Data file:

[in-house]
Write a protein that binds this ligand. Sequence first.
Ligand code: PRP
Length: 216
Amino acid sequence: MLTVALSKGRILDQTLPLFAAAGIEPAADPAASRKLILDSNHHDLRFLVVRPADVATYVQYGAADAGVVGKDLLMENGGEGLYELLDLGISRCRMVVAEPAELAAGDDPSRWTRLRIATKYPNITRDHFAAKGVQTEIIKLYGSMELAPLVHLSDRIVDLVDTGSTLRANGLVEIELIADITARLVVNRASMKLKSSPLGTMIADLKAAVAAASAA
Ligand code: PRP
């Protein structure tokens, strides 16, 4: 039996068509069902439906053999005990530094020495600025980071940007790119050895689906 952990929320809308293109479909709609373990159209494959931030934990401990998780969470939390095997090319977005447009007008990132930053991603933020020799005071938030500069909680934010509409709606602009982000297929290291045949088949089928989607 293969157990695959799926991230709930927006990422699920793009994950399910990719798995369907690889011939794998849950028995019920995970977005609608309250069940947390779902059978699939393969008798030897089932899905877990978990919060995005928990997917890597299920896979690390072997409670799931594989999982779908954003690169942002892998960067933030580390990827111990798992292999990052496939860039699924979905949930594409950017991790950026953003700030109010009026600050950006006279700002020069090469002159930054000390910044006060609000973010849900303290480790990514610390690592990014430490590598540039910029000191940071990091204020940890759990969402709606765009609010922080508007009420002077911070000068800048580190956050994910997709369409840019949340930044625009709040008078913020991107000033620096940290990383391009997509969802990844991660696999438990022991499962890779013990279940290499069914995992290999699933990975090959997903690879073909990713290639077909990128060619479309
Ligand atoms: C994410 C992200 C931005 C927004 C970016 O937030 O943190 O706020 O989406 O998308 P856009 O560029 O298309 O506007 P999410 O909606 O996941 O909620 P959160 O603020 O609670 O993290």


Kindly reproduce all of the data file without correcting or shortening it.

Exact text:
[in-house]
Write a protein that binds this ligand. Sequence first.
Ligand code: PRP
Length: 216
Amino acid sequence: MLTVALSKGRILDQTLPLFAAAGIEPAADPAASRKLILDSNHHDLRFLVVRPADVATYVQYGAADAGVVGKDLLMENGGEGLYELLDLGISRCRMVVAEPAELAAGDDPSRWTRLRIATKYPNITRDHFAAKGVQTEIIKLYGSMELAPLVHLSDRIVDLVDTGSTLRANGLVEIELIADITARLVVNRASMKLKSSPLGTMIADLKAAVAAASAA
Ligand code: PRP
């Protein structure tokens, strides 16, 4: 039996068509069902439906053999005990530094020495600025980071940007790119050895689906 952990929320809308293109479909709609373990159209494959931030934990401990998780969470939390095997090319977005447009007008990132930053991603933020020799005071938030500069909680934010509409709606602009982000297929290291045949088949089928989607 293969157990695959799926991230709930927006990422699920793009994950399910990719798995369907690889011939794998849950028995019920995970977005609608309250069940947390779902059978699939393969008798030897089932899905877990978990919060995005928990997917890597299920896979690390072997409670799931594989999982779908954003690169942002892998960067933030580390990827111990798992292999990052496939860039699924979905949930594409950017991790950026953003700030109010009026600050950006006279700002020069090469002159930054000390910044006060609000973010849900303290480790990514610390690592990014430490590598540039910029000191940071990091204020940890759990969402709606765009609010922080508007009420002077911070000068800048580190956050994910997709369409840019949340930044625009709040008078913020991107000033620096940290990383391009997509969802990844991660696999438990022991499962890779013990279940290499069914995992290999699933990975090959997903690879073909990713290639077909990128060619479309
Ligand atoms: C994410 C992200 C931005 C927004 C970016 O937030 O943190 O706020 O989406 O998308 P856009 O560029 O298309 O506007 P999410 O909606 O996941 O909620 P959160 O603020 O609670 O993290």